Bans on formaldehyde: Two states will consider banning formaldehyde in cosmetics and children’s products. Formaldehyde is a known human carcinogen and is found in common products such as cosmetics, wrinkle-­‐free clothing, and furniture. 

Green cleaning in schools: At least four states will consider policies to promote green cleaning in schools, a policy that has already passed in Vermont.

“States realize that we can’t sit idly by and wait on Congress to protect our children from toxic chemicals,” said National Caucus of Environmental Legislators Board Chairman and Maryland Delegate James Hubbard. “That’s why legislators across the country continue to introduce commonsense legislation to safeguard against dangerous chemicals in children’s toys, jewelry and even furniture. The threats to public health from inaction are too great to ignore.”

Since 2003, state legislatures have become leaders in protecting public health from toxic chemicals. Between 2003 and 2011, 19 states adopted 93 chemical safety policies. The majority of legislation passed with healthy bipartisan support -­‐ 99% of Democratic legislators and 75% of Republican legislators voted in favor of bills, and both Republican and Democratic governors signed them into law.

“In the absence of federal action on this issue, it’s up to states like Oregon to pass policies that protect us against toxic chemicals. Promoting healthier kids and families is a priority that all of us should share,” said Oregon State Senator Brian Boquist (R-Dallas). 

State legislators and health advocates point to the failed federal law, the Toxics Substances Control Act (TSCA), as the reason states have needed to adopt chemical protection policies. TSCA has largely failed to protect public health from chemicals, not even requiring basic health and safety data on chemicals before they are used in products. In Congress, Senator Frank Lautenberg (D-­‐NJ) introduced the Safe Chemicals Act in 2011, but the bill failed to pass. The bill is expected to be re-­‐introduced in 2013. The bill is supported by the Safer Chemicals, Healthy Families coalition, which is made up of over 300 groups, including American Nurses Association, the American Sustainable Business Council, and the Breast Cancer Fund. However, opposition from the American Chemistry Council in particular has so far succeeded in preventing passage.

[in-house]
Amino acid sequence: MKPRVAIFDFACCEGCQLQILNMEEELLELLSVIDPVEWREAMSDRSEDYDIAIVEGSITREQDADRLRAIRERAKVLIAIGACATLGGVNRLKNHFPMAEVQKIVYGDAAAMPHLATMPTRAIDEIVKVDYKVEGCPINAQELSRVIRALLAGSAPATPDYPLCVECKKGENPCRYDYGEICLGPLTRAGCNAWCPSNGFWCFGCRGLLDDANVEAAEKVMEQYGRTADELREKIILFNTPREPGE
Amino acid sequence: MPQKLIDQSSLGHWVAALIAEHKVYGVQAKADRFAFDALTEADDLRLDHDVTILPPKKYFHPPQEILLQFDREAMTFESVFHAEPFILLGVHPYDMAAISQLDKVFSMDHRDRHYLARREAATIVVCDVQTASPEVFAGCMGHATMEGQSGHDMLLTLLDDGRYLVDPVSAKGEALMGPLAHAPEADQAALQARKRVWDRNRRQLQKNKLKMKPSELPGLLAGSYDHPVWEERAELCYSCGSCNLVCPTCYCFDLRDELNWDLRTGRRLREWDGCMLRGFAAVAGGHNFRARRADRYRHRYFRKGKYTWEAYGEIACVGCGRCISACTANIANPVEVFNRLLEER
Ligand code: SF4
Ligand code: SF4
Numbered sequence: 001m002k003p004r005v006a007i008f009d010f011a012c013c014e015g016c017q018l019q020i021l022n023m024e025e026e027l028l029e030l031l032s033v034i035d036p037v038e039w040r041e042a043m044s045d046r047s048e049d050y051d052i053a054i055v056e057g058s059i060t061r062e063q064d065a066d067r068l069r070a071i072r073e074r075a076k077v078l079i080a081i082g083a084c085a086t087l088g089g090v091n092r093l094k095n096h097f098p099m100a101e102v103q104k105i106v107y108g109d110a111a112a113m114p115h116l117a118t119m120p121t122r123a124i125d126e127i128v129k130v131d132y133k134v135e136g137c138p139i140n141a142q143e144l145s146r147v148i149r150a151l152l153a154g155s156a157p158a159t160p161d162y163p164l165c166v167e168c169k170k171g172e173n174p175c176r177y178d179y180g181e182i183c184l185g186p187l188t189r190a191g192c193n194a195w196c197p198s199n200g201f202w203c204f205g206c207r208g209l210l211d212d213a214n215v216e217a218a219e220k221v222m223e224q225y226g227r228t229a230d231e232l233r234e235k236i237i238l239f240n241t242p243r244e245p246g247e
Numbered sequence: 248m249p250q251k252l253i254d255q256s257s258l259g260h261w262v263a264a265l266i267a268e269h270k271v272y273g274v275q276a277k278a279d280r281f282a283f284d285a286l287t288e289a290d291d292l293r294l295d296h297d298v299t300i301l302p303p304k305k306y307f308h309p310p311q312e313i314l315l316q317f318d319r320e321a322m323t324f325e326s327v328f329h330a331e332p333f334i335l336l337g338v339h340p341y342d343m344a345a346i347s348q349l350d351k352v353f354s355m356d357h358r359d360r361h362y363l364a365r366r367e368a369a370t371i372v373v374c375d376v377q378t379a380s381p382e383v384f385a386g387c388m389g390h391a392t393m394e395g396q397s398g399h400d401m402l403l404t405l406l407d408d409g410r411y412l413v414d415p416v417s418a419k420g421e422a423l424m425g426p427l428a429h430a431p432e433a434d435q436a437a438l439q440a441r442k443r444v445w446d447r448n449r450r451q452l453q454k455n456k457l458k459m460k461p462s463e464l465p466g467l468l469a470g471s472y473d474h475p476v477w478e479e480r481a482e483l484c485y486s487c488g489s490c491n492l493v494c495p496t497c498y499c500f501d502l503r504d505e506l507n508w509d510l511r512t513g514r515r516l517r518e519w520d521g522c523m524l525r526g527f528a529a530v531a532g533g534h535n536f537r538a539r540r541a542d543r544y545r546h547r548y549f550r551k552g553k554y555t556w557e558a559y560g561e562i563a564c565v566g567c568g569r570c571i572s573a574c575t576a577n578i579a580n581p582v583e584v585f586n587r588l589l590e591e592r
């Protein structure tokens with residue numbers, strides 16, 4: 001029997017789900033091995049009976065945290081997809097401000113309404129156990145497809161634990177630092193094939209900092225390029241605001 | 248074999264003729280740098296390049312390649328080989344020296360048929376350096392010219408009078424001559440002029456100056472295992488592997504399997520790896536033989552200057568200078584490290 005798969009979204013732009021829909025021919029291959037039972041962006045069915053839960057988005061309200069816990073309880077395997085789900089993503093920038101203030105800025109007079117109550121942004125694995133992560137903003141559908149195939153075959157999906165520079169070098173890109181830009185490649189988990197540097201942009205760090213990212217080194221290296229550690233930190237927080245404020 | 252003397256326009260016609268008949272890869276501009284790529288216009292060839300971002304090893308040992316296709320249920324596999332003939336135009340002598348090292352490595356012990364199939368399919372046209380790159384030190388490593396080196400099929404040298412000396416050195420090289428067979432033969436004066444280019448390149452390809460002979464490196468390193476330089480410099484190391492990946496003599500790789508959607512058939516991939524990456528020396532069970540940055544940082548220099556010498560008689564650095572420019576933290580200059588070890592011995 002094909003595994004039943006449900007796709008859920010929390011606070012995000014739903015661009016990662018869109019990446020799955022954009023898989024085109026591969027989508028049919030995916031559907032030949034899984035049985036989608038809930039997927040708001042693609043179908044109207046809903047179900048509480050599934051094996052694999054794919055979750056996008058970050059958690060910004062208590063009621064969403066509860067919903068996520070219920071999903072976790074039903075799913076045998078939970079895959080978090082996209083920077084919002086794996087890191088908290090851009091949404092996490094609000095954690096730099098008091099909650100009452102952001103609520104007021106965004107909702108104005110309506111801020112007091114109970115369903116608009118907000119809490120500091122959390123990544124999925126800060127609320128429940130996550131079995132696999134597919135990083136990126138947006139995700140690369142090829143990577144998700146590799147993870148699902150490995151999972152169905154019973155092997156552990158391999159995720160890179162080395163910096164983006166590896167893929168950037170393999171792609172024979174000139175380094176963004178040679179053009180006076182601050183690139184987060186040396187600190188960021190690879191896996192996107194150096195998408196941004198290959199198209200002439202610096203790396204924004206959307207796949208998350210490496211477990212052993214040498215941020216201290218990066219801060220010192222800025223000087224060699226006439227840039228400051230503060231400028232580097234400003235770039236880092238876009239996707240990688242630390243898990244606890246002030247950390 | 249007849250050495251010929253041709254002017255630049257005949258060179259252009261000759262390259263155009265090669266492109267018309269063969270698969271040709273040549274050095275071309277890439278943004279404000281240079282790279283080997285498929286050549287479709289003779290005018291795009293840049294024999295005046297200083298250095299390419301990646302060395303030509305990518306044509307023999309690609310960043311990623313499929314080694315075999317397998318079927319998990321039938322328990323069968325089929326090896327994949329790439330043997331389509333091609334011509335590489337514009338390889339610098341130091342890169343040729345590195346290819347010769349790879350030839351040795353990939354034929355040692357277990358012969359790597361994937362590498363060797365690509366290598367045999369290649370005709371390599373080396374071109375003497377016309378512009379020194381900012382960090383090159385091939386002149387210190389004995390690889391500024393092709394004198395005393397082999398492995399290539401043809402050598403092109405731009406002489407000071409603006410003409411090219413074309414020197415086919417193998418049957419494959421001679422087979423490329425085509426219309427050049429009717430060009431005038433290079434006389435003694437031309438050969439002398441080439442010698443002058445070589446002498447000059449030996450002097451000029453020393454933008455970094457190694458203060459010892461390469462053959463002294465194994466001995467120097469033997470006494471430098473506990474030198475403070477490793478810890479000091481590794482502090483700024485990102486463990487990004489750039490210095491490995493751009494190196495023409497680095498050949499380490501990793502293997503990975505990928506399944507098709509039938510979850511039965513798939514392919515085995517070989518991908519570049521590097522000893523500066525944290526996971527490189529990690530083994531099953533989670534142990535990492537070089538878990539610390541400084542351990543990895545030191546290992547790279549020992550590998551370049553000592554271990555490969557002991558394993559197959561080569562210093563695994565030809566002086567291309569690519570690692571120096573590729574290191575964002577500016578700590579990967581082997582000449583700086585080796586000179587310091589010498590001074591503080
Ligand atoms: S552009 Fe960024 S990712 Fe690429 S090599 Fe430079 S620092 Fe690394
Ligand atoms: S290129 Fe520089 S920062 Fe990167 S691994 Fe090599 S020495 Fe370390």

“Unfortunately, the American Chemistry Council has engaged in a campaign of intimidation and doublespeak at the national level that would make the tobacco industry blush,” said Andy Igrejas of Safer Chemicals, Healthy Families. “They have launched an all out effort to block Republicans from working toward a bi-partisan deal on TSCA reform, while using their favored legislators to attack not only EPA, but even private sector initiatives like the US Green Building Council. As long as tobacco style attack politics hold sway in Washington, state legislatures are the only folks with the power to step up and protect public health.”